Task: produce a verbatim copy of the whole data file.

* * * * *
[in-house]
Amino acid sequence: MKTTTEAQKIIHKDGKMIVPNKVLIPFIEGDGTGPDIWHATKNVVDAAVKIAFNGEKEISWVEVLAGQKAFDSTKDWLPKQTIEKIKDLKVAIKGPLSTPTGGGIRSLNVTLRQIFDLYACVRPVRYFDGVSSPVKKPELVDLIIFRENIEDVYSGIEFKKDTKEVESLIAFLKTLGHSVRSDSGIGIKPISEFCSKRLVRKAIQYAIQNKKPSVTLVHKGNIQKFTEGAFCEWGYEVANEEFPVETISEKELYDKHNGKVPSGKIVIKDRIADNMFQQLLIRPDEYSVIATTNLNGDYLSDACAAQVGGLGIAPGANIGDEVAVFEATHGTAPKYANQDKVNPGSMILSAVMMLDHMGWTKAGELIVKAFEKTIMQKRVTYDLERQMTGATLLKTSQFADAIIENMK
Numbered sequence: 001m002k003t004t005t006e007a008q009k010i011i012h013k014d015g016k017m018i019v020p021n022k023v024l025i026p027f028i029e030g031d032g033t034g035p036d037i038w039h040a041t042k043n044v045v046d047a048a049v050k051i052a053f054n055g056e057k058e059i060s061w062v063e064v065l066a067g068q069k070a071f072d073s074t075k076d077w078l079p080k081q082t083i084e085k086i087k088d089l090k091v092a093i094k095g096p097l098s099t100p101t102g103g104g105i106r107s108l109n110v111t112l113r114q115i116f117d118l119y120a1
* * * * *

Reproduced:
[in-house]
Amino acid sequence: MKTTTEAQKIIHKDGKMIVPNKVLIPFIEGDGTGPDIWHATKNVVDAAVKIAFNGEKEISWVEVLAGQKAFDSTKDWLPKQTIEKIKDLKVAIKGPLSTPTGGGIRSLNVTLRQIFDLYACVRPVRYFDGVSSPVKKPELVDLIIFRENIEDVYSGIEFKKDTKEVESLIAFLKTLGHSVRSDSGIGIKPISEFCSKRLVRKAIQYAIQNKKPSVTLVHKGNIQKFTEGAFCEWGYEVANEEFPVETISEKELYDKHNGKVPSGKIVIKDRIADNMFQQLLIRPDEYSVIATTNLNGDYLSDACAAQVGGLGIAPGANIGDEVAVFEATHGTAPKYANQDKVNPGSMILSAVMMLDHMGWTKAGELIVKAFEKTIMQKRVTYDLERQMTGATLLKTSQFADAIIENMK
Numbered sequence: 001m002k003t004t005t006e007a008q009k010i011i012h013k014d015g016k017m018i019v020p021n022k023v024l025i026p027f028i029e030g031d032g033t034g035p036d037i038w039h040a041t042k043n044v045v046d047a048a049v050k051i052a053f054n055g056e057k058e059i060s061w062v063e064v065l066a067g068q069k070a071f072d073s074t075k076d077w078l079p080k081q082t083i084e085k086i087k088d089l090k091v092a093i094k095g096p097l098s099t100p101t102g103g104g105i106r107s108l109n110v111t112l113r114q115i116f117d118l119y120a1